For weeks, Murphy has railed against federal lawmakers, most notably Senate Majority Leader Mitch McConnell, for not providing states bearing the brunt of the coronavirus pandemic more emergency aid to bolster critical operations.
Murphy has indicated New Jersey will have to conduct massive layoffs for teachers, first responders, and other essential workers, unless more federal assistance comes through.
Murphy: New Jersey making ‘steady progress’ in taming coronavirus spread
As Gov. Phil Murphy moves to slowly reopen New Jersey’s economy, he announced another 1,028 people have tested positive for the coronavirus, bringing the statewide total to 141,560 confirmed cases. Another 197 have died from the disease, increasing New Jersey’s known death toll to 9,702.
The governor noted New Jersey is making “steady progress” in its fight to tame the virus’ spread, and said 4,226 people are hospitalized for the disease. This includes 1,226 people in intensive care and 928 residents on ventilators.
“You are the ones who have pushed these numbers, and these lines downward through social distancing,” Murphy said. “And as we begin our long road back, we will need to keep it up to keep seeing these lines move downward.”
The United Kingdom recently reported the first known cases of the ultra-rare but sometimes fatal illness. Now, doctors around the world are watching for it, and researchers are rushing to determine whether it is a complication of coronavirus infection.
Philly officials preparing for coronavirus contract tracing that will allow city to reopen safely
Philadelphia officials are working to prepare for contact tracing of COVID-19 cases that will allow the city to reopen safely.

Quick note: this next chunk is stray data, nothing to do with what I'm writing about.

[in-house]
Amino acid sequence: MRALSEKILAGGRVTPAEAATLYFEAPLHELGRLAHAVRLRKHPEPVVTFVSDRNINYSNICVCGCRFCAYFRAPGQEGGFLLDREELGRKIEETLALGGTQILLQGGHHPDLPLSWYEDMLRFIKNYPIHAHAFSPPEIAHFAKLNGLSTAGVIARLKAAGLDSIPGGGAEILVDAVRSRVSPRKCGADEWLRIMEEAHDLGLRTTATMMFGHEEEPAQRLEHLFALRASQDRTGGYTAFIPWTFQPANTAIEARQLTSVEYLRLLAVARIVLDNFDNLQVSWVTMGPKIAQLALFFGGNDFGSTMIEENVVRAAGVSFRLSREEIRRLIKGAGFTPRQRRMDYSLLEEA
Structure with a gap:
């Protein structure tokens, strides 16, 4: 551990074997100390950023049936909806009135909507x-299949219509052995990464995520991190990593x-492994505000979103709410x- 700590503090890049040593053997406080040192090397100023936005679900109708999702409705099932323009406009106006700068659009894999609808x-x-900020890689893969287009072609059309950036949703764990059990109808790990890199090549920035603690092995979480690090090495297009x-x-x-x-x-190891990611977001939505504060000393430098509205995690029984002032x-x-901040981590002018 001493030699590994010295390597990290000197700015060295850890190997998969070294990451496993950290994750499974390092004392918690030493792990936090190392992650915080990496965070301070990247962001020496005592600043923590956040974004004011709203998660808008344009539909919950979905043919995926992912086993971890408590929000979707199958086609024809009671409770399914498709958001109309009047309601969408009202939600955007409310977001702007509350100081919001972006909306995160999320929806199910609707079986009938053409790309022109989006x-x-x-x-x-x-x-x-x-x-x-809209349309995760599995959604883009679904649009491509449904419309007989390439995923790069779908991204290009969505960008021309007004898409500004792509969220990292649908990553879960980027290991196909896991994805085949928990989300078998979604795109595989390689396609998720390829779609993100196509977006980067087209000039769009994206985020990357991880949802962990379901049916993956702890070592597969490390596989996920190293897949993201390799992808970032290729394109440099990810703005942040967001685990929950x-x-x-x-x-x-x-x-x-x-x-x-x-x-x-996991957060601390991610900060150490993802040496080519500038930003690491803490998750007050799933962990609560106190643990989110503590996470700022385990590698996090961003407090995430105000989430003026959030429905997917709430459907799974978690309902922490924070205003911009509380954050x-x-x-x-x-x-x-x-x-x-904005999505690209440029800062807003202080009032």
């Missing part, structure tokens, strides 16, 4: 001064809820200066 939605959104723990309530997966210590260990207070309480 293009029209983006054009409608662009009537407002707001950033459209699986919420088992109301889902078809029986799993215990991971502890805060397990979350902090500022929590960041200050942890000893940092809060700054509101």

Health Commissioner Thomas Farley said a “peek into the future” in Philadelphia would involve increased testing and quarantining people who were exposed to the virus until a vaccine is available. City officials are working to develop protocols and hire new employees needed for contact tracing, he said.
“Success doesn’t mean no virus,” Farley said. “What success looks like in the future is that the virus is at such a low level that we can resume most of our activities and most people are not going to get infected.”
While he offered no timeline for the reopening of the city, Farley said Wednesday that the number of new cases and hospitalizations are continuing to decline in the city.
There were 242 new confirmed cases of the virus in the past day, Farley said. He said the city would be able to contact trace all new cases once there are about 50 new cases per day.
“We’re not going to be able to do all of them anytime soon but we’re trying to put in place a large system so as the number of cases come down we can do all of them,” he said.
Farley said he was not sure how many employees the city will have funding to hire for contact tracing to interview people with COVID-19 about where they’ve been and who they have been with, and will also rely on volunteer help from other groups. And even with contact tracing in place and reopening underway, he said there could be a need to institute more restrictions.
“As this plays out over months, sooner or later we’re going to have some flare ups and we’re going to have to backpedal,” Farley said.
Farley announced 78 deaths Wednesday – the highest daily count to date – but said most of those were delayed reports and the result of the city matching its database of people confirmed to have had COVID-19 to its list of death certificates.